Other Opinion: Governor's order will help fight ageism in state


In a meeting with the Post-Bulletin's editorial board a few years ago, a visitor suggested older residents should be encouraged to vacate their homes so that new, younger home buyers can enter the market.

Such ageism is rampant in our society, and is an indication that the time is right for Gov. Tim Walz's executive order, announced two weeks ago, that the state create a Council on Age Friendly Minnesota. The order requires state agencies to cooperate on efforts to make the state a better place for older people to live.

The significance behind the order is that in 2020, Minnesota will arrive at a point with more residents over the age of 65 than under the age of 18.

Yet, as advocates for the aged have noted, a relatively small amount of attention and funding is applied to programs for older residents of the state. Investments simply have not kept pace with the demographic changes.

"Everyone wants to live in a community that is respectful, inclusive and supportive of our contributions and needs," Walz said in announcing the executive order.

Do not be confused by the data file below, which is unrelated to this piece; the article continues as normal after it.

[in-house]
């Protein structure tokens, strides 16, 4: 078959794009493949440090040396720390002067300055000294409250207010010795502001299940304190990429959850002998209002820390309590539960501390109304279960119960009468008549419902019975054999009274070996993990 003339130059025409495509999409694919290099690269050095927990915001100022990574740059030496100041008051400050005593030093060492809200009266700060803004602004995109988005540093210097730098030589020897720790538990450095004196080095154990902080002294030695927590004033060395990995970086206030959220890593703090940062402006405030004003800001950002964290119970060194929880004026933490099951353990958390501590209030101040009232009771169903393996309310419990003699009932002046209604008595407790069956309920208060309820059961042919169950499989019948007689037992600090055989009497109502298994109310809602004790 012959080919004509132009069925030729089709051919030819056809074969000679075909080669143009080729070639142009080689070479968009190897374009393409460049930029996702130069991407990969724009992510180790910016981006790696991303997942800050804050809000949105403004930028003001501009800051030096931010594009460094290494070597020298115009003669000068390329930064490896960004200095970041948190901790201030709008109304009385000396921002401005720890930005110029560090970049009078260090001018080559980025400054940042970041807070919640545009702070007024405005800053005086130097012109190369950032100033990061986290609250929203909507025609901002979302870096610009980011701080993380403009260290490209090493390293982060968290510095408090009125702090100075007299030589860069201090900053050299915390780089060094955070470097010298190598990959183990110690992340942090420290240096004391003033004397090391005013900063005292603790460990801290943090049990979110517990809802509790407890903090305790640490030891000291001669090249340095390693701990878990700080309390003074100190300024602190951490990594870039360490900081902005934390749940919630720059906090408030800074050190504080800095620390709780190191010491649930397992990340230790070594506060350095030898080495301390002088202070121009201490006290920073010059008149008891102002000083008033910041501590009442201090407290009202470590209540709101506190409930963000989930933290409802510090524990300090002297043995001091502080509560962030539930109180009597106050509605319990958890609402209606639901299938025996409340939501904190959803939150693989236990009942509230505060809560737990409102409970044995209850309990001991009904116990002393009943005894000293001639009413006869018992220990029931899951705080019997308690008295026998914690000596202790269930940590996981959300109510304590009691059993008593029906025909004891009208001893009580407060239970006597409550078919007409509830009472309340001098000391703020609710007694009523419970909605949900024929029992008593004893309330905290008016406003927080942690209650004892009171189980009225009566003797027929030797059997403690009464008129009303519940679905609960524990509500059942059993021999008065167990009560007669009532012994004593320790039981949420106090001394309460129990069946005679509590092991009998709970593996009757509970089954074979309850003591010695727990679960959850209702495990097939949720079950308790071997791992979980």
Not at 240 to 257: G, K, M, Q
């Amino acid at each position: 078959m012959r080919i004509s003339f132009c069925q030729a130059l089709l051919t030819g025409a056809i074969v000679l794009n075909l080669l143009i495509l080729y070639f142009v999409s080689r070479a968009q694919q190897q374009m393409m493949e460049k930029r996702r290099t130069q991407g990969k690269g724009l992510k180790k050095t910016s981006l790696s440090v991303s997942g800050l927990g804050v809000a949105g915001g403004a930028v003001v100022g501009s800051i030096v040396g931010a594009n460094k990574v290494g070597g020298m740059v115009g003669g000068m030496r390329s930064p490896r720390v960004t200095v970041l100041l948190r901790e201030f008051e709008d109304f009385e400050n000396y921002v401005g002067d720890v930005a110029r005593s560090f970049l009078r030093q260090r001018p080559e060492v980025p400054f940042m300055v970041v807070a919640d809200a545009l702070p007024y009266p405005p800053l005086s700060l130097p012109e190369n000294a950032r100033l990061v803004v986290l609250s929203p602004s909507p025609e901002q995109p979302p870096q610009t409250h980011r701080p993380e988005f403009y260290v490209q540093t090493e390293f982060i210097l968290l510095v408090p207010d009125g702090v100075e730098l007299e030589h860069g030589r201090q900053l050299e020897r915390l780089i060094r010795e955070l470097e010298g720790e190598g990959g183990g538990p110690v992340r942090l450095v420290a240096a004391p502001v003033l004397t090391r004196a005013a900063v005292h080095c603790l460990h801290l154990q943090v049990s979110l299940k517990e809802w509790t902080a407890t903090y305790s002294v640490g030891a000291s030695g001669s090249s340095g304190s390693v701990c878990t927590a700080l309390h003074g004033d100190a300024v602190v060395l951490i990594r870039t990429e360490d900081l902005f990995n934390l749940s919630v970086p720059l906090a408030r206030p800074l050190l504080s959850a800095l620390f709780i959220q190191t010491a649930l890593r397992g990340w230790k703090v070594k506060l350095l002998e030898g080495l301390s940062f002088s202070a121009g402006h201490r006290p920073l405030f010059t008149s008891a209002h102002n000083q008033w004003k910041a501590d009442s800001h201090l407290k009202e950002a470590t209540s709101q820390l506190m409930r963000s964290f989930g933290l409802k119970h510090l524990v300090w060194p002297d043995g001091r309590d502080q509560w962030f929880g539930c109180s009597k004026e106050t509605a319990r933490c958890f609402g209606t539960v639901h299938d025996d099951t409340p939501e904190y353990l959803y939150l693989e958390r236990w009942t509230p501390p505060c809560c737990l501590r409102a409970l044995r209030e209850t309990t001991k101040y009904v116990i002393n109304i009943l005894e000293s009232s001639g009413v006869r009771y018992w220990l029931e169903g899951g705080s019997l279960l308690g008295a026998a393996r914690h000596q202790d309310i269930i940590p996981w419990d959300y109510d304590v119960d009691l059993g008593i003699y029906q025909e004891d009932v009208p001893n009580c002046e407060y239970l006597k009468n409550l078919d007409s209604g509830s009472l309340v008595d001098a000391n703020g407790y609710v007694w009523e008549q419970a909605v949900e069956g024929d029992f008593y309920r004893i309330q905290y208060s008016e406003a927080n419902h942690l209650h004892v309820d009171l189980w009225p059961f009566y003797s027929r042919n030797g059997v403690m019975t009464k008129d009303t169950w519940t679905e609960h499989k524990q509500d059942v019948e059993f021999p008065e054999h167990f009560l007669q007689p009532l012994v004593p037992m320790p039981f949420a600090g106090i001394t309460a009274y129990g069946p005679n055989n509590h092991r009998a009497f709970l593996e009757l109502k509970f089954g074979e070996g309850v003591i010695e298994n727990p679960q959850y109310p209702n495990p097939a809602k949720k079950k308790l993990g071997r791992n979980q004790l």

However, not all older Minnesotans live in such a place. A host of issues, ranging from transportation to health care access, pose problems for older citizens, especially for members of minority communities.

Over and over, though, the prominent hurdle to a good life for seniors is ageism. It affects employment, health services, housing, mobility, and the roles older Minnesotans are welcome to play in the lives of their hometowns.

The governor's goal is to earn for Minnesota an age-friendly designation from the AARP. To date, Minneapolis, Hennepin County, Northfield, Alexandria and Maple Grove have committed to that process. We wish Rochester was part of that list.

The involvement of state agencies promises to take the age-friendly effort statewide. That's the appropriate level of commitment, in our view. "It must be a collective effort that requires coordination, collaboration, innovation and focus across stage agencies," Walz said.

The policy initiatives that will come are important. What's more important, though, is changing a mindset that says older residents of the state should move aside and make room for others.

That's not the way we treat our valued citizens in Minnesota.

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